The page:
The Islamic State group claimed Wednesday that it is holding hostage a Norwegian man and a Chinese national. The Sunni militant group posted the photos of the two men in the latest issue of its online magazine Dabiq and demanded ransom for their release.

The hostages, identified by the magazine as Ole Johan Grimsgaard-Ofstad, 48, from Oslo, and Fan Jinghui, 50, a freelance consultant from Beijing, were seen wearing yellow prison outfits in the photos. The magazine also reportedly posted each man's purported occupation, date of birth and home address, but did not specify when and where they were captured.

The magazine lists a telegram number for "whoever would like to pay the ransom for his release and transfer," according to the Associated Press (AP). At the bottom of each page, the magazine wrote that the “sale” of the men is “a limited time offer.”

ISIS, which controls large parts of Iraq and Syria, has taken several foreign nationals hostage and released gruesome beheading videos online.

Dabiq 11_0063 The photo of a Norwegian national posted on Islamic State group's Dabiq magazine. ISIS claimed Wednesday it is holding Ole Johan Grimsgaard-Ofstad, 48, from Oslo, and demanded ransom for his release. Photo: Internet Archive/Dabiq Magazine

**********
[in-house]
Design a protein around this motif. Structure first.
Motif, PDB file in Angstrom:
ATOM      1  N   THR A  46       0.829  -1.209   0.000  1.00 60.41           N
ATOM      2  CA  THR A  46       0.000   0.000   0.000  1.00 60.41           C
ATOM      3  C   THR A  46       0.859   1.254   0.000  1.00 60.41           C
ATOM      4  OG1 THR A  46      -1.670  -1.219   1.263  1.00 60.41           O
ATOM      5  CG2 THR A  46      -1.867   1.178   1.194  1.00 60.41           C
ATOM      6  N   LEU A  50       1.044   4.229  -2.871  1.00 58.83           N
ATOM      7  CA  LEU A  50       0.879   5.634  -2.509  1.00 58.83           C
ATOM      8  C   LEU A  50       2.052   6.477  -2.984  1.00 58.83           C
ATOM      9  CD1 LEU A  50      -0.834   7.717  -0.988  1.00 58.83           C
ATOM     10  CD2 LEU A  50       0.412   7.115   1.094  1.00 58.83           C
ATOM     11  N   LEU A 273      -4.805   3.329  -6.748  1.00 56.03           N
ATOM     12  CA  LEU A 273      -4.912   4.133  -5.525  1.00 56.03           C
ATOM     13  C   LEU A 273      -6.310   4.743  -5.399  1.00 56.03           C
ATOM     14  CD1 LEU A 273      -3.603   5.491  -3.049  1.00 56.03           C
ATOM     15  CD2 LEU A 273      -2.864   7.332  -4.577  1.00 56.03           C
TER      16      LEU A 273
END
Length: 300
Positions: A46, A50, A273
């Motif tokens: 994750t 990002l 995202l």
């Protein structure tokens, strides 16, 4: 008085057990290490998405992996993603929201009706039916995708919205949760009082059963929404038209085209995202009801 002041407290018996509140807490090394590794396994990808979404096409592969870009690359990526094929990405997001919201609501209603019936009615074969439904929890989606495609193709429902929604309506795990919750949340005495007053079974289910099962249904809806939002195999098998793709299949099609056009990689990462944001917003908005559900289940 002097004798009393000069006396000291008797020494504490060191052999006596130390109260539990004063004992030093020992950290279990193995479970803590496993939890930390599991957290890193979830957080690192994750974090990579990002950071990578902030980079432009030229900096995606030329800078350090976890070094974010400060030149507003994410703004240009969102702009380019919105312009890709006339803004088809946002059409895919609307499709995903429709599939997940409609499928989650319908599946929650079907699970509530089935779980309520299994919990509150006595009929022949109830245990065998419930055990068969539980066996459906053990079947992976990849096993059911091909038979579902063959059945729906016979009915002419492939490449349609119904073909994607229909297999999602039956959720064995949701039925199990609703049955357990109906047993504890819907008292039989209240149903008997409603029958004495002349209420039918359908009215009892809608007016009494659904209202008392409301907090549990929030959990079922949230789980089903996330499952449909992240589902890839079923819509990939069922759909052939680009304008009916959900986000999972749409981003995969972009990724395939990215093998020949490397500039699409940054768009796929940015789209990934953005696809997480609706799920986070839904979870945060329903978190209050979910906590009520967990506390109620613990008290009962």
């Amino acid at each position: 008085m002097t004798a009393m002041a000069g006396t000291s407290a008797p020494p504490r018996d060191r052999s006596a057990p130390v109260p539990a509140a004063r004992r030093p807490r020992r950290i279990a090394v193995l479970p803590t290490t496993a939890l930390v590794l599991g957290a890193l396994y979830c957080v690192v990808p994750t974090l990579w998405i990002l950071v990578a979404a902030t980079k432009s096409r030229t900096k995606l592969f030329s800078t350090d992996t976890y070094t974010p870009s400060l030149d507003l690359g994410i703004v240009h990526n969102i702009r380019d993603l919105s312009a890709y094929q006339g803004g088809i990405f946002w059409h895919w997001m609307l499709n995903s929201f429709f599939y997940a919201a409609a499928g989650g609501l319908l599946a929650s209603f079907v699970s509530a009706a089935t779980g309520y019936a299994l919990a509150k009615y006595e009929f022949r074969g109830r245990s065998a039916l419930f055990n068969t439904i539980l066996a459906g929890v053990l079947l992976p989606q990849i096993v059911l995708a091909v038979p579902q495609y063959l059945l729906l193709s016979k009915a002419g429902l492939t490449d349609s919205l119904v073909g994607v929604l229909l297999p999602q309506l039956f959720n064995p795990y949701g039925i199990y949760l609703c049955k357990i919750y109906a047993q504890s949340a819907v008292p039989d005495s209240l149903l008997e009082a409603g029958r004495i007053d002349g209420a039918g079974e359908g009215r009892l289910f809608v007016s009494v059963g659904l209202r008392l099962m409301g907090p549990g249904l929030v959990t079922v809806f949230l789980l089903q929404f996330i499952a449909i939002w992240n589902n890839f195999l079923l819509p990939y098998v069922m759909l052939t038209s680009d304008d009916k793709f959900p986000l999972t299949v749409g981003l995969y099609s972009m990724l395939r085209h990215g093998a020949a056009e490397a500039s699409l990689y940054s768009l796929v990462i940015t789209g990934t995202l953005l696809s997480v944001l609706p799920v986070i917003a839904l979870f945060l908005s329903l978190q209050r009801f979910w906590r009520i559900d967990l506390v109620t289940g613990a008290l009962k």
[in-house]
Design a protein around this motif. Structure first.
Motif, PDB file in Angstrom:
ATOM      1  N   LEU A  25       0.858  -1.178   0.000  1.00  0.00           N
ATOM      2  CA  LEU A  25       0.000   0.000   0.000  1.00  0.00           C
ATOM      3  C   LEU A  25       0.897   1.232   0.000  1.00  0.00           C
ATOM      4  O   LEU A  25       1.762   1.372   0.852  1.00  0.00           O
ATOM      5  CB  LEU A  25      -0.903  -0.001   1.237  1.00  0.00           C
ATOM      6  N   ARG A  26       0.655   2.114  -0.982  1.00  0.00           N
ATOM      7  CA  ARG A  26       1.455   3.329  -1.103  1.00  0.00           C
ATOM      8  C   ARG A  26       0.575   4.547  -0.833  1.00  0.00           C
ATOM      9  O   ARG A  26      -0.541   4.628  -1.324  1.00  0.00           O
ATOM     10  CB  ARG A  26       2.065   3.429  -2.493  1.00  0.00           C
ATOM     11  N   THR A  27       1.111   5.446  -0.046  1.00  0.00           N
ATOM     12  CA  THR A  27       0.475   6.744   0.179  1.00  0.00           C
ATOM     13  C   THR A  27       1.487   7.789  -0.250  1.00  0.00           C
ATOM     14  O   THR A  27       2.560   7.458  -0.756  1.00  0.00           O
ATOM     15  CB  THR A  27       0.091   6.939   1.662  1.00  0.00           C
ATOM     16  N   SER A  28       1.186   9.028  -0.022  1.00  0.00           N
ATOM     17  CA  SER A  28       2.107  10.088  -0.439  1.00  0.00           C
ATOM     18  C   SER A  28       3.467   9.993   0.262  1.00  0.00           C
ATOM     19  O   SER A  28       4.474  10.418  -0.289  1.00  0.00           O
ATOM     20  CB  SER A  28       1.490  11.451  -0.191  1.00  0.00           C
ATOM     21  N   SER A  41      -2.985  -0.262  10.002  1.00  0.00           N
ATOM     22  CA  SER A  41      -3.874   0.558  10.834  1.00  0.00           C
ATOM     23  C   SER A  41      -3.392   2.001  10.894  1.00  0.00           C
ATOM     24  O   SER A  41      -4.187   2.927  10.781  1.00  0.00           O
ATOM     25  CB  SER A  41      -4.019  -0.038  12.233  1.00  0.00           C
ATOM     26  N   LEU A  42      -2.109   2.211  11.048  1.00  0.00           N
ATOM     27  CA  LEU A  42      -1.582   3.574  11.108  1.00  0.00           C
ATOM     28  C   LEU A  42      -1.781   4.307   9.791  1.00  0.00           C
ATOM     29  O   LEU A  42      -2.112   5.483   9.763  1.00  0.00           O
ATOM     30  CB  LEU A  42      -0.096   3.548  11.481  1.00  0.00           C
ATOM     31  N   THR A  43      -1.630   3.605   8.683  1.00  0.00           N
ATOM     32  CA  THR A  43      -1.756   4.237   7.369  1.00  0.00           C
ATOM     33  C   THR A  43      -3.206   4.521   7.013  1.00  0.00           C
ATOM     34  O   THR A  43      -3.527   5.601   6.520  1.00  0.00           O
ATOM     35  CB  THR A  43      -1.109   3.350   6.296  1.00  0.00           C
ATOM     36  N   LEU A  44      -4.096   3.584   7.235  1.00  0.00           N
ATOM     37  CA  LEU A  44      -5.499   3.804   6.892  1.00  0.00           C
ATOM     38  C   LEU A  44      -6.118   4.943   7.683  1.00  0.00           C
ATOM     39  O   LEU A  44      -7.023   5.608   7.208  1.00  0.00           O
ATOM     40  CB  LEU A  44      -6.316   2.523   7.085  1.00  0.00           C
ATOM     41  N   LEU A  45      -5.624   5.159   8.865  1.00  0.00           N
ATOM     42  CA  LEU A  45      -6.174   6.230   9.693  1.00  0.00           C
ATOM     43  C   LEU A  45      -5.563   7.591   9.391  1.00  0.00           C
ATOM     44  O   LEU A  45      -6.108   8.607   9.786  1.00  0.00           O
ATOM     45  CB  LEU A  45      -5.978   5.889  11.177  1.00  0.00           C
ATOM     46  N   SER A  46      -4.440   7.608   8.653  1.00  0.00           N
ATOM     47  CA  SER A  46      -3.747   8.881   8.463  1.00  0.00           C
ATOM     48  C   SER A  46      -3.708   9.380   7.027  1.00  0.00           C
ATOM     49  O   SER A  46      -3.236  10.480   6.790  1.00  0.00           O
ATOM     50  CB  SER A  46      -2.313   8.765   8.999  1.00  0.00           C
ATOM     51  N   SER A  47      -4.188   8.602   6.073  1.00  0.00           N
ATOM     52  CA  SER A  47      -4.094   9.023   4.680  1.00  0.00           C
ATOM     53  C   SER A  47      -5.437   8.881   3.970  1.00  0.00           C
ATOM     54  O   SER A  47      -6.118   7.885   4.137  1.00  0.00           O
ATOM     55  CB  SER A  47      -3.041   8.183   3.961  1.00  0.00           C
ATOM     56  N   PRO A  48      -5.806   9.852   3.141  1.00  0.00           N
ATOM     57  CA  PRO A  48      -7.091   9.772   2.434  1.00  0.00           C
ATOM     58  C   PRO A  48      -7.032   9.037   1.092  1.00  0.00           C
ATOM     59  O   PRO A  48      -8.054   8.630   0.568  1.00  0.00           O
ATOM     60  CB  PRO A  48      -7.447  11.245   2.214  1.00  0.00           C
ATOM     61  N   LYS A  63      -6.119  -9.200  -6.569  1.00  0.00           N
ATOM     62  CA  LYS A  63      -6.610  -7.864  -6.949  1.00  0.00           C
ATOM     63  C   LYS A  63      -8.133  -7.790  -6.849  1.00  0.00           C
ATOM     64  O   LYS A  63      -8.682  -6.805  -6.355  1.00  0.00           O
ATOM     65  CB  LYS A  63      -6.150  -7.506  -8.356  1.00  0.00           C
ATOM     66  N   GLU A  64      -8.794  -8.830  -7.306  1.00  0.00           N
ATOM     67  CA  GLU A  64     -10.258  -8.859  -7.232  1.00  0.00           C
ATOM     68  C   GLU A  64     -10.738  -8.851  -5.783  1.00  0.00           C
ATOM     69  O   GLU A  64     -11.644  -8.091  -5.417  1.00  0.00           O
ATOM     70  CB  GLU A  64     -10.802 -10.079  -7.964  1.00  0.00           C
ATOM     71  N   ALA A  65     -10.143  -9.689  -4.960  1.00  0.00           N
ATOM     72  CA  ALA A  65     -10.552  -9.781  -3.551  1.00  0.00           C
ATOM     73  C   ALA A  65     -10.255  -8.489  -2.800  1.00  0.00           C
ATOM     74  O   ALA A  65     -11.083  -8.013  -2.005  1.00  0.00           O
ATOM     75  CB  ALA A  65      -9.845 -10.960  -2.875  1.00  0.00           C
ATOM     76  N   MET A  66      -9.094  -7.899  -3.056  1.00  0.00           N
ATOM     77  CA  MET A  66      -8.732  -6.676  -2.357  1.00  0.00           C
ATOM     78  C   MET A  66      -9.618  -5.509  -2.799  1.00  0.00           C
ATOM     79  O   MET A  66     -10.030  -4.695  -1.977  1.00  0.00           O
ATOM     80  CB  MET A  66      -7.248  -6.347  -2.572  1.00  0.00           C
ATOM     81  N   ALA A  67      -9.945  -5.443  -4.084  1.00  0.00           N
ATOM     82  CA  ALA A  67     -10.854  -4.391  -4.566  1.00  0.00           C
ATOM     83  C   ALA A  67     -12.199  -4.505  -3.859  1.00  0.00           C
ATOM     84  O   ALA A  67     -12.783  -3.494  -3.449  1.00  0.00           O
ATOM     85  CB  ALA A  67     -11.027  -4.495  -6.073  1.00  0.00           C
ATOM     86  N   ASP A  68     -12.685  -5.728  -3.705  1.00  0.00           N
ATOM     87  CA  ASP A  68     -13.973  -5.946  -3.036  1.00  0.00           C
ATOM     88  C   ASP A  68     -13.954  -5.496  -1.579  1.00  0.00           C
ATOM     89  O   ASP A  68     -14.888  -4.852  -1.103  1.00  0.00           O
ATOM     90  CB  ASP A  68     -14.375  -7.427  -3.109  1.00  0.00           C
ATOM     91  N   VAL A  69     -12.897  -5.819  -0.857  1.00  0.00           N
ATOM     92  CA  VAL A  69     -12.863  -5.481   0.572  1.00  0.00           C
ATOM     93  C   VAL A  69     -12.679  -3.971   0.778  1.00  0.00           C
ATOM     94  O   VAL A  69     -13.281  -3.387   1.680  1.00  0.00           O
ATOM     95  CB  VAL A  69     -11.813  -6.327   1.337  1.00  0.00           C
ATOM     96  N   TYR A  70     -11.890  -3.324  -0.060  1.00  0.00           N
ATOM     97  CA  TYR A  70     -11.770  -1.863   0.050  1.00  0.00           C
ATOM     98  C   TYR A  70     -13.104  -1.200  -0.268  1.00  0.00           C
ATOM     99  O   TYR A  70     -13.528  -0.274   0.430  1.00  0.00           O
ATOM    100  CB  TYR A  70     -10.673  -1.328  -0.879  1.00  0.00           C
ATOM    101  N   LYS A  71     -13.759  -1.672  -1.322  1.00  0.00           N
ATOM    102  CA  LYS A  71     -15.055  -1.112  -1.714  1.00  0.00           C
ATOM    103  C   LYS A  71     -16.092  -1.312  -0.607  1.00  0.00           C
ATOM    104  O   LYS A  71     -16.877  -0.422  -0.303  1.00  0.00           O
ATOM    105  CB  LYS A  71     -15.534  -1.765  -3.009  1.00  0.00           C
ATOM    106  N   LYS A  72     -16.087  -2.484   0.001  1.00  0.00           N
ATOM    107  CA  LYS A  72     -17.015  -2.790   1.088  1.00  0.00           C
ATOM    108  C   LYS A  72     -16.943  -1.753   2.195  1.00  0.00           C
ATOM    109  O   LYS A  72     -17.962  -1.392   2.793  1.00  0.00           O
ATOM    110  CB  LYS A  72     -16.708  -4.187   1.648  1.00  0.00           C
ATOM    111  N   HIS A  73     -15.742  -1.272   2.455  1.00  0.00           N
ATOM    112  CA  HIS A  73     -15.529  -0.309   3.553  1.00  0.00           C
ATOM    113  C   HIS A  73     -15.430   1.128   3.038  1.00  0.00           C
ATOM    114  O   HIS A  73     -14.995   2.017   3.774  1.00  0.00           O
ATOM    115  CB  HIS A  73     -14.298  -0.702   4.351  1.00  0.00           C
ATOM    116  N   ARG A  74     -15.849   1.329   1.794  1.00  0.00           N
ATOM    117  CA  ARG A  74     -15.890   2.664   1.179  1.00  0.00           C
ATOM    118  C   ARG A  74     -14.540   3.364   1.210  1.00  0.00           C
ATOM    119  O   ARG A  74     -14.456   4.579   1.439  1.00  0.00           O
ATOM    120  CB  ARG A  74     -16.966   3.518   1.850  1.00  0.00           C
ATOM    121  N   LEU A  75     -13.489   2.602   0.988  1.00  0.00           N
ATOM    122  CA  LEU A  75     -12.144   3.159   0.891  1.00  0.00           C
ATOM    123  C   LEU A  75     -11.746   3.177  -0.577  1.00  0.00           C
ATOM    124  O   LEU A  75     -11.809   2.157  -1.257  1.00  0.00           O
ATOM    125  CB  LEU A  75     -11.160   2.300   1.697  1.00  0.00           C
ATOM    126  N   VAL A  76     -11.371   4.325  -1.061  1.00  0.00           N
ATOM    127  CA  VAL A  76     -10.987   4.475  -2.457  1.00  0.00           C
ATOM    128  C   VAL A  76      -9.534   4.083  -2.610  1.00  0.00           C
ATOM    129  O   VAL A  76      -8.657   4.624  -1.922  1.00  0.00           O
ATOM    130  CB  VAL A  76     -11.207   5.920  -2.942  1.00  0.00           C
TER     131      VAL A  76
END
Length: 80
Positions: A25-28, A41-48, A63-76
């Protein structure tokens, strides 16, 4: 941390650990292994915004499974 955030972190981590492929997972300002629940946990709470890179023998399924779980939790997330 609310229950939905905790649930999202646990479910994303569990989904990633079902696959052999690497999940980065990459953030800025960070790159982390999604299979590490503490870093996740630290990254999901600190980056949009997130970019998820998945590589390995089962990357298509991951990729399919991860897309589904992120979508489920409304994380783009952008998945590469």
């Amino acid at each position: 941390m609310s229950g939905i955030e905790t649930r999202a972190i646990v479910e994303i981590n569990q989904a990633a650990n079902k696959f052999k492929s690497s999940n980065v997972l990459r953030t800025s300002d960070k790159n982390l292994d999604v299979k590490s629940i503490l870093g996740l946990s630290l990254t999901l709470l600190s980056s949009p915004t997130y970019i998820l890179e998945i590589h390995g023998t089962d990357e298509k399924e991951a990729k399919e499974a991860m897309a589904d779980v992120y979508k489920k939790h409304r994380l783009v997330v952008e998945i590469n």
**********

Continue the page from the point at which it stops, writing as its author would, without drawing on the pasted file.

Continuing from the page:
Norwegian Prime Minister Erna Solberg, at a news conference in Oslo on Wednesday, confirmed that one of the hostages was a Norwegian man held in Syria, adding that "everything indicates" that ISIS "is behind it." He also reportedly said that the man was believed to have been captured toward the end of January.

"The kidnappers have presented a series of demands and significant amounts of ransom money," she said, according to the AP. "We cannot give in and won't give in to pressure from terrorists and criminals. Norway does not pay ransom."

Dabiq 11_0064 The photo of a Chinese national posted on Islamic State group's Dabiq magazine. ISIS claimed Wednesday it is holding Fan Jinghui, 50, a freelance consultant from Beijing, and demanded ransom for his release. Photo: Internet Archive/Dabiz Magazine

Solberg reportedly added that the payment of ransom could increase the risk of other Norwegian nationals being taken as hostage. However, she said that authorities were working with various officials in several countries to free the hostage.

"Our goal is to get our citizen home," she said. "But let me be very clear, this is a very demanding case."

Chinese officials, however, have not commented on Jinghui's kidnapping, the AP reported.